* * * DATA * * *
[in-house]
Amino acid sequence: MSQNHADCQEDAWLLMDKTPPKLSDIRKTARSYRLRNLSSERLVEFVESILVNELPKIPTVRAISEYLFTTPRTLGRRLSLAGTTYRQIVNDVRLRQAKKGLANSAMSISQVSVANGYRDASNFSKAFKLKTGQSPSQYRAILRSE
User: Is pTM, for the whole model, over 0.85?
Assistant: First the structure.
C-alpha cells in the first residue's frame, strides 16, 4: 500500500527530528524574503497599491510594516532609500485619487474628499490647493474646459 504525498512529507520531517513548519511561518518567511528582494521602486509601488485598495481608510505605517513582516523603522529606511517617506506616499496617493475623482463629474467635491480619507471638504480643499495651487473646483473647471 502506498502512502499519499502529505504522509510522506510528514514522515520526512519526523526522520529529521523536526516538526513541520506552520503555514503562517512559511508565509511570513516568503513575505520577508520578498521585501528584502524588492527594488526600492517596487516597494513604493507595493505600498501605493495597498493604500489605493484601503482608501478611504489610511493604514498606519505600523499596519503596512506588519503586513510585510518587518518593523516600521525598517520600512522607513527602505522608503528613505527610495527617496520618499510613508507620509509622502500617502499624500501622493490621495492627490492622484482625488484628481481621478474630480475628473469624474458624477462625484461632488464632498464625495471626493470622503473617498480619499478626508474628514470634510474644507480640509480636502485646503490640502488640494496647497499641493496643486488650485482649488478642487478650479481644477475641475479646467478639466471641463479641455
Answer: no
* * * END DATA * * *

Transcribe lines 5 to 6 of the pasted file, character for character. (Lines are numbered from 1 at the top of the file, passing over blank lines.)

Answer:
C-alpha cells in the first residue's frame, strides 16, 4: 500500500527530528524574503497599491510594516532609500485619487474628499490647493474646459 504525498512529507520531517513548519511561518518567511528582494521602486509601488485598495481608510505605517513582516523603522529606511517617506506616499496617493475623482463629474467635491480619507471638504480643499495651487473646483473647471 502506498502512502499519499502529505504522509510522506510528514514522515520526512519526523526522520529529521523536526516538526513541520506552520503555514503562517512559511508565509511570513516568503513575505520577508520578498521585501528584502524588492527594488526600492517596487516597494513604493507595493505600498501605493495597498493604500489605493484601503482608501478611504489610511493604514498606519505600523499596519503596512506588519503586513510585510518587518518593523516600521525598517520600512522607513527602505522608503528613505527610495527617496520618499510613508507620509509622502500617502499624500501622493490621495492627490492622484482625488484628481481621478474630480475628473469624474458624477462625484461632488464632498464625495471626493470622503473617498480619499478626508474628514470634510474644507480640509480636502485646503490640502488640494496647497499641493496643486488650485482649488478642487478650479481644477475641475479646467478639466471641463479641455
Answer: no